Category Archives: Clinical Research

New C.diff drug to be tested on patients for first time

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A new drug aimed at treating potentially deadly Clostridium difficile (C. diff) infections is set to be tested on patients for the first time.

Glasgow-based life sciences firm MGB Biopharma (MGB) said it was preparing to launch a Phase II clinical trial of its anti-bacterial agent MGB-BP-3.

The trial is expected to involve 30 patients based in North America.

All have been diagnosed with C.diff-associated disease (CDAD).

C.diff infections can cause diarrhoea and fever.

They have been a major problem in hospitals around the world, with thousands of deaths in the US alone linked to the bug each year.

The bacteria are able to take over the gut when a course of antibiotics kills off the bugs that normally live there.

MGB’s announcement came after it raised £1.3m from investors for trials of the new drug, which was invented at the University of Strathclyde.

The funding round was led by Edinburgh-based Archangels, with co-funding from a range of sources, including the Scottish Investment Bank, Barwell and Melrose-based Tri Capital.

The cash supplements a £2.7m grant awarded earlier this year by Innovate UK.

MGB said its trial would “evaluate safety and tolerability, efficacy and in particular look for improvement in global (or sustained) cure rates”.

Chief executive Dr Miroslav Ravic said: “We are already witnessing renewed interest in our new anti-bacterial agent and its trial in key medical centres in North America where CDAD is particularly prevalent.

“This offers opportunities both to progress the study rapidly and to attract increased attention to the results for this important trial.”

The company said it was aiming to start the trials in areas of the US and Canada with a high incidence of CDAD early next year.

SOURCE: www.bbc.co.uk/news/

Celgene’s Otezla produces “meaningful benefits” beyond beyond traditional metrics in plaque psoriasis

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Celgene made its voice heard amongst the chorus of new psoriasis data emerging from the European Academy of Dermatology and Venereology (EADV) Congress in Paris, revealing that Otezla (apremilast) achieved “meaningful improvements” in outcomes of patients with moderate to severe plaque psoriasis that may not be captured by common metrics that focus only on skin clearance, such as the Psoriasis Area Severity Index (PASI).

“Only considering skin clearance may not fully capture the effect a treatment may have on an individual’s disease burden and its impact on daily life,” explained Dr Denis Jullien, Department of Dermatology and Venereology at Edouard Herriot Hospital, and an author of the study. “For example, itching, which is not accounted for by PASI, is cited by over a third of patients as their overriding quality-of-life issue. These new analyses of Otezla studies can help inform both prescribers and patients when evaluating treatment decisions.”

The new findings included a post hoc sub-analysis of the phase 3 ESTEEM 1 trial, examining moderate to severe plaque psoriasis patients who did not achieve a PASI score of 75 after either 32 or 52 weeks of treatment with Otezla during the trial. In this group, over half achieved a 50% reduction in PASI score over the same periods – findings that Celgene argues “may more reliably indicate clinically meaningful benefit” when taken together with disease-specific quality-of-life measures.

For example, the data showed that itching was reduced from baseline by around 30% during weeks 4 to 52 for those who started treatment of Otezla, and during weeks 20 to 52 in patients who were switched form placebo at week 16. Additionally, patients reported an increase of at least five points in the Dermatology Life Quality Index (DLQI) over the same period.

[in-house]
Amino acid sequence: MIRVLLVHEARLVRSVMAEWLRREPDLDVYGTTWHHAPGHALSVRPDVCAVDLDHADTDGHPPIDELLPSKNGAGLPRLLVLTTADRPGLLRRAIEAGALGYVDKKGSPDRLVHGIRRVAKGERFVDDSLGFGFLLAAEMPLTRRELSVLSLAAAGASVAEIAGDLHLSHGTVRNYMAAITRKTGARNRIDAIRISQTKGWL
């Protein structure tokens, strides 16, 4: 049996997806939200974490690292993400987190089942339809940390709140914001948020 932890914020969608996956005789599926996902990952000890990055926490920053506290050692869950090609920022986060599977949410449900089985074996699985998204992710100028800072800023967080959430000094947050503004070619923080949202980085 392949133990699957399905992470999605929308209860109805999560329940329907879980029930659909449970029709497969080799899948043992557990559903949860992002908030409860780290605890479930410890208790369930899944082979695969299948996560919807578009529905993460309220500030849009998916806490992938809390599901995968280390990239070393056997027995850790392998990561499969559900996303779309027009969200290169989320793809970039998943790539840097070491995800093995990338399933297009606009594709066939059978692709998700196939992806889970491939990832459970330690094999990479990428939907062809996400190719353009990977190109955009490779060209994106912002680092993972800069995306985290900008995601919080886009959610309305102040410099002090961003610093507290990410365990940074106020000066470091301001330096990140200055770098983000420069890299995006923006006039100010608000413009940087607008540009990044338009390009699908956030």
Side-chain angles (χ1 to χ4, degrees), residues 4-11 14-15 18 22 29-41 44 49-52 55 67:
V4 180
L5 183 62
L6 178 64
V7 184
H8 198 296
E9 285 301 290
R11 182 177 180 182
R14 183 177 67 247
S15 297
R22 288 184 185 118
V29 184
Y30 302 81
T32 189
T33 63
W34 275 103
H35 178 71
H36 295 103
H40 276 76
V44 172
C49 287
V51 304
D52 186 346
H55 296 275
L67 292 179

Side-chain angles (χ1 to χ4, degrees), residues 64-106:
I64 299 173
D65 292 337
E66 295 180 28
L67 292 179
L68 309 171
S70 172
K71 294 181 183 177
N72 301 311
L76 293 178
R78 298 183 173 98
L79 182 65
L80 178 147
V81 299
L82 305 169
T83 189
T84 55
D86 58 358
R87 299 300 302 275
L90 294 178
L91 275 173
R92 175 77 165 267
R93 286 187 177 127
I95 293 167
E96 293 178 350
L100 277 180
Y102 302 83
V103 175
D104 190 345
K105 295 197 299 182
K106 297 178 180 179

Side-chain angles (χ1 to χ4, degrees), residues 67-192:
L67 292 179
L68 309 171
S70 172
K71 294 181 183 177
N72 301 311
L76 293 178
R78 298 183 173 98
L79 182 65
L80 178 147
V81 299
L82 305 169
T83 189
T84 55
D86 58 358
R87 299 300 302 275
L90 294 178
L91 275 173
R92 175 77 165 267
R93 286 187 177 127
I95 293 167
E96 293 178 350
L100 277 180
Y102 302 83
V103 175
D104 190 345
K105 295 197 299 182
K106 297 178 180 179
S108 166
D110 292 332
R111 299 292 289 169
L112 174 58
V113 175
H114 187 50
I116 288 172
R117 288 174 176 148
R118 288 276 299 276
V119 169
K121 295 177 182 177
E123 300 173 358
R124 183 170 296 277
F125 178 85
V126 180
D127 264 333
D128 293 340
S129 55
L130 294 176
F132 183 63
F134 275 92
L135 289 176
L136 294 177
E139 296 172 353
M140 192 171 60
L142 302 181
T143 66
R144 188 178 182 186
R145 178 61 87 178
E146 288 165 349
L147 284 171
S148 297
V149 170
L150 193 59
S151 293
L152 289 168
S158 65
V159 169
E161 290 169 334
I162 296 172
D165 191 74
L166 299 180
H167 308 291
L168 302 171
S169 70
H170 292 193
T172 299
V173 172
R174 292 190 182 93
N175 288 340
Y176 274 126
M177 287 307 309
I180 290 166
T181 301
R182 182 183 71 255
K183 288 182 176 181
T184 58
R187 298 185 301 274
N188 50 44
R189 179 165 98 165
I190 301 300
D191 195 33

“The ESTEEM and UNVEIL clinical trials continue to provide important learnings about Otezla for the treatment of psoriasis as well as quality of life for people who live with this chronic condition,” said Volker Koscielny, Vice President of Global Medical Affairs, Inflammation & Immunology at Celgene. “These sub-analyses of UNVEIL and ESTEEM suggest that appropriate patients with moderate to severe plaque psoriasis who experience manifestations beyond skin may benefit from treatment with Otezla.”

SOURCE: www.pharmafile.com/news/518748

Can sugar pills actually relieve chronic pain?

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A sugar pill could benefit patients suffering from chronic pain with specific brain anatomy and psychological traits.

Doctors could begin to prescribe sugar pills for some patients suffering from chronic pain, based on their brain anatomy and psychology. The pills are said to reduce their pain as effectively as new powerful pain relief drugs.

Scientists from Northwestern University have shown that they are able to reliably identify patients with chronic pain, that will respond to a sugar placebo pill based on their brain anatomy and psychological characteristics.

The scientists also suggests that it’s not necessary to hide this from the patient.

“Their brain is already tuned to respond,” said senior study author Professor of Physiology at  Northwestern University Feinberg School of Medicine, Dr Vania Apkarian.

“They have the appropriate psychology and biology that puts them in a cognitive state that as soon as you say, ‘this may make your pain better,’ their pain gets better.”

“You can tell them, ‘I’m giving you a drug that has no physiological effect but your brain will respond to it,’” he said. “You don’t need to hide it. There is a biology behind the placebo response.”

For the study, 60 patients with chronic back pain were randomised into two groups. The first group did not know whether they received the drug or the placebo, and the second group included people who came to the clinic, but received neither the drug nor the placebo.

The scientists did not study the people receiving the real drug, instead focusing on those receiving the sugar pill. The second group was used a control.

Individuals who had a decrease in their level of pain had similar brain anatomy. The right side of their emotional brain was larger than the left, and they had a larger cortical sensory area than people who were not responsive to the placebo. Psychologically, these individuals were also emotionally self-aware, sensitive to painful situations and mindful of their environment.